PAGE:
If these discourses are taken at face value, we may reasonably expect there may be corollary policies and practices in place to ensure the smooth and swift integration of newcomers into the UK labour market. Instead, we find the contrary. Not only do policies exist which limit those claiming asylum from working; those who are entitled to work in the current policy architecture find themselves navigating a landscape of support that is fragmented, underfunded and guiding newcomers towards pathways of precarious and poorly paid work.
The difficulties experienced when seeking access to language classes and vocational training alongside the lack of recognition of skills and qualifications affect newcomers prior to accessing employment. In addition, immigration policies were widely considered to be very restrictive, bureaucratic, and expensive both for newcomers and employers. The work ban experienced by asylum seekers also has a long-term negative impact on the lives of asylum seekers and refugees given that they often struggle to find employment once they have refugee status due for example to their diminished self-confidence, the gap that has emerged in their CVs during the asylum application process and the loss or outdated nature of their skills. Once the migration policies are overcome, employability programmes, aside from a few exceptional cases, fail to take into consideration the specific needs of refugees and asylum seekers. Moreover, the fragmentation of services across different providers and geographies as well as a lack of awareness and funding constitute a further weakness in the infrastructure of support for newcomers that reduces opportunities for refugees and asylum seekers to access these vital supports (Calo et al 2021).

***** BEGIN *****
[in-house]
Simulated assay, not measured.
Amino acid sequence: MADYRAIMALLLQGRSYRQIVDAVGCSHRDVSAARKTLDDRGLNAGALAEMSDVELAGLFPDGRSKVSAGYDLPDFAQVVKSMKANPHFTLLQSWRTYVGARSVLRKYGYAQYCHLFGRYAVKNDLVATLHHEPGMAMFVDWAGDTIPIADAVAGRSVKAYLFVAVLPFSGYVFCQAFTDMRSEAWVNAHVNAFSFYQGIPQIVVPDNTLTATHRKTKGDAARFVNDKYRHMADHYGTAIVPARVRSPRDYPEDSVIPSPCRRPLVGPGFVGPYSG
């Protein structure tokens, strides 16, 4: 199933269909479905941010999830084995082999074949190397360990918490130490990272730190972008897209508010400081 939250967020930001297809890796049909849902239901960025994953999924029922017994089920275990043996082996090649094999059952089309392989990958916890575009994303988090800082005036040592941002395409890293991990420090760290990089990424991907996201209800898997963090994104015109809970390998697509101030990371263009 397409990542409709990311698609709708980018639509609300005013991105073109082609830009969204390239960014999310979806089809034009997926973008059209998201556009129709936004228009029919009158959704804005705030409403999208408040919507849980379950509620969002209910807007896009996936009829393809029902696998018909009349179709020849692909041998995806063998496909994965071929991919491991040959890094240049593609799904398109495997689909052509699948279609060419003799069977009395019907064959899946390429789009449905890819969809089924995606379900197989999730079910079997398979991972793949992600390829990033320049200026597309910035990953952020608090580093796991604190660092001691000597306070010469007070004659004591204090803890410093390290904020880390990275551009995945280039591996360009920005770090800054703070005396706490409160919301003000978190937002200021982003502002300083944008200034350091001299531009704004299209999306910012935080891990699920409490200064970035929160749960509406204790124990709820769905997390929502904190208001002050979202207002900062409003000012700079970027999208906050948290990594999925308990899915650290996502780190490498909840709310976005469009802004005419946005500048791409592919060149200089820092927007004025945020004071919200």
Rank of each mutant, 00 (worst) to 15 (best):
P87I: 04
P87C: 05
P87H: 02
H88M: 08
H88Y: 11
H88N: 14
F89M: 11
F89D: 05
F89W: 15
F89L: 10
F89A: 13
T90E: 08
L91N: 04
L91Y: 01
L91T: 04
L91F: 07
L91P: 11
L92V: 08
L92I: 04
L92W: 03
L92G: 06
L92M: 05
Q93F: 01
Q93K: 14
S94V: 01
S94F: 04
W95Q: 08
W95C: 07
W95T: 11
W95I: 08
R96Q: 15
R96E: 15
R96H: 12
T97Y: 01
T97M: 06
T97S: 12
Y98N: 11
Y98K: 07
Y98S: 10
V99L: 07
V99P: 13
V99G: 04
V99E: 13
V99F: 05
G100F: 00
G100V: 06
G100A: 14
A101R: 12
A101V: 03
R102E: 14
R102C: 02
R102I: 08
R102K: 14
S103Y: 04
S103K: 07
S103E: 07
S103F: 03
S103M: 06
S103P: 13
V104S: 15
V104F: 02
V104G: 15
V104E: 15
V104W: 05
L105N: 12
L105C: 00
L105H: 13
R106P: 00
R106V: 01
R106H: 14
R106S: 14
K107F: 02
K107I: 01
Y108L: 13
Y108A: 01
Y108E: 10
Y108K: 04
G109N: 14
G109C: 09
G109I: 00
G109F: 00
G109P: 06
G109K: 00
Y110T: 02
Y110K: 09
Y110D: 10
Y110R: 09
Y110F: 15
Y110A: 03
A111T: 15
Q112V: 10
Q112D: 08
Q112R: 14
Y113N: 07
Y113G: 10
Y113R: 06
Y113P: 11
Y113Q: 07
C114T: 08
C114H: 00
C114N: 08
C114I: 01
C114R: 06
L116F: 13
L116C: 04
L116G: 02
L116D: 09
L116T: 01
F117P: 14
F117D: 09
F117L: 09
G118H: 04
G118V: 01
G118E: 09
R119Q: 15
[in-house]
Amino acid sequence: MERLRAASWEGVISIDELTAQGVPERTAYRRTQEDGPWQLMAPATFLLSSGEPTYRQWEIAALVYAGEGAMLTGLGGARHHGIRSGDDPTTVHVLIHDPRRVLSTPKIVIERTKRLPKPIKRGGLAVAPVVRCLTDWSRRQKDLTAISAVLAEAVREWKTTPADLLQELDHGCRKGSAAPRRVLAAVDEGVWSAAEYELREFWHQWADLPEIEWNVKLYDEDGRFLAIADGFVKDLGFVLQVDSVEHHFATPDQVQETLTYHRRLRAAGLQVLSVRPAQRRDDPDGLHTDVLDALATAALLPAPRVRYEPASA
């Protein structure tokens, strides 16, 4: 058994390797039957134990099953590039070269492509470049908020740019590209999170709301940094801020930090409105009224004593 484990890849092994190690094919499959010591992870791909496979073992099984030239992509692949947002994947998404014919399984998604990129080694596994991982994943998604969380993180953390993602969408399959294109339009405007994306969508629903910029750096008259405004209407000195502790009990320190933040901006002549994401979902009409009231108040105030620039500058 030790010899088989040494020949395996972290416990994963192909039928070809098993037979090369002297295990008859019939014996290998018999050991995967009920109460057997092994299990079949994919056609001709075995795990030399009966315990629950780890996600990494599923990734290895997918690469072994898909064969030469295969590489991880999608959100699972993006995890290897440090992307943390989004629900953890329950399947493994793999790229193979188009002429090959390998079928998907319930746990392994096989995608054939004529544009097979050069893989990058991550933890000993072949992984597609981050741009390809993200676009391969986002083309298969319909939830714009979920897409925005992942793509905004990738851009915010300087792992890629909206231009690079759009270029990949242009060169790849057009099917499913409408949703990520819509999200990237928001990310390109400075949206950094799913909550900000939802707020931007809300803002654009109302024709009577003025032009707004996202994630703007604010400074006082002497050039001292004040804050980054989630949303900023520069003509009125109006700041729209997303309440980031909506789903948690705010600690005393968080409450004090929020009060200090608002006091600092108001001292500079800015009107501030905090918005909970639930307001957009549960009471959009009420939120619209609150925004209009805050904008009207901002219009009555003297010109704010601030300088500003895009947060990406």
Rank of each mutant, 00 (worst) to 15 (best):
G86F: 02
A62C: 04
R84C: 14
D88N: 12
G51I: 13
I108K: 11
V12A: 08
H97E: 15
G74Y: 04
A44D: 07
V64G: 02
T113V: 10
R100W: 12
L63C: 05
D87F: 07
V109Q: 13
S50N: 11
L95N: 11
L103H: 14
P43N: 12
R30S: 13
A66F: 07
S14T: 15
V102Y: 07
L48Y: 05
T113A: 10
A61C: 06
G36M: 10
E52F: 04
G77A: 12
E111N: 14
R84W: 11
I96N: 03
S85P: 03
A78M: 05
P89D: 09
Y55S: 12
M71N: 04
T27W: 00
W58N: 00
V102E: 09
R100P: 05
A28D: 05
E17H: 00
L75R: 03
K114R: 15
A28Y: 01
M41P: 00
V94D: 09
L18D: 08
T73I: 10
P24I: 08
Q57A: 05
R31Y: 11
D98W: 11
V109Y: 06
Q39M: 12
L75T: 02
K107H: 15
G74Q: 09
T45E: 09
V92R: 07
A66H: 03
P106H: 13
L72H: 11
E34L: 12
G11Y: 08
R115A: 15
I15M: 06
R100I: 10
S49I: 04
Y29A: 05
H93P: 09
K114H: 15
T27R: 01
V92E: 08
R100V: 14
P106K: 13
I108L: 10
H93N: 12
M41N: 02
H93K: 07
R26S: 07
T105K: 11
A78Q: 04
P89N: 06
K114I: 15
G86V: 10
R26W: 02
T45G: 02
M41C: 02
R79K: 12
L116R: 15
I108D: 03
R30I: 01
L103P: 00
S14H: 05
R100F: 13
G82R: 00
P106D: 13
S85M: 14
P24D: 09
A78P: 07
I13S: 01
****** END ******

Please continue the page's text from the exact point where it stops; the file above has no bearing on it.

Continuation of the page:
Finally, anti-discrimination policies and to some extent anti-exploitation policies often do not have the necessary teeth to enforce their supposed purpose and although they could be considered as a facilitator, the lack of investment in these policies seriously restricts their potential impact. The British reality, therefore, seems to manifest as a contradictory context where rhetoric draws upon longstanding tropes of deservingness while the on-the-ground reality can often mirror welfare chauvinistic attitudes deterring any meaningful, sustainable, and long-term plan for newcomers’ integration through employment.
Our hope is that through this type of research – revealing the on-the-ground reality and its contrast with policy narratives – can help to underline the importance for policy makers to, at the very least, support and fund policies that can enable refugees and asylum seekers and migrants to all have a decent work and decent futures.
About the authors
Francesca Calo is Lecturer in Management at the Open University.
Tom Montgomery is Lecturer in Politics at Glasgow Caledonian University.
Simone Baglioni is Professor at the University of Parma.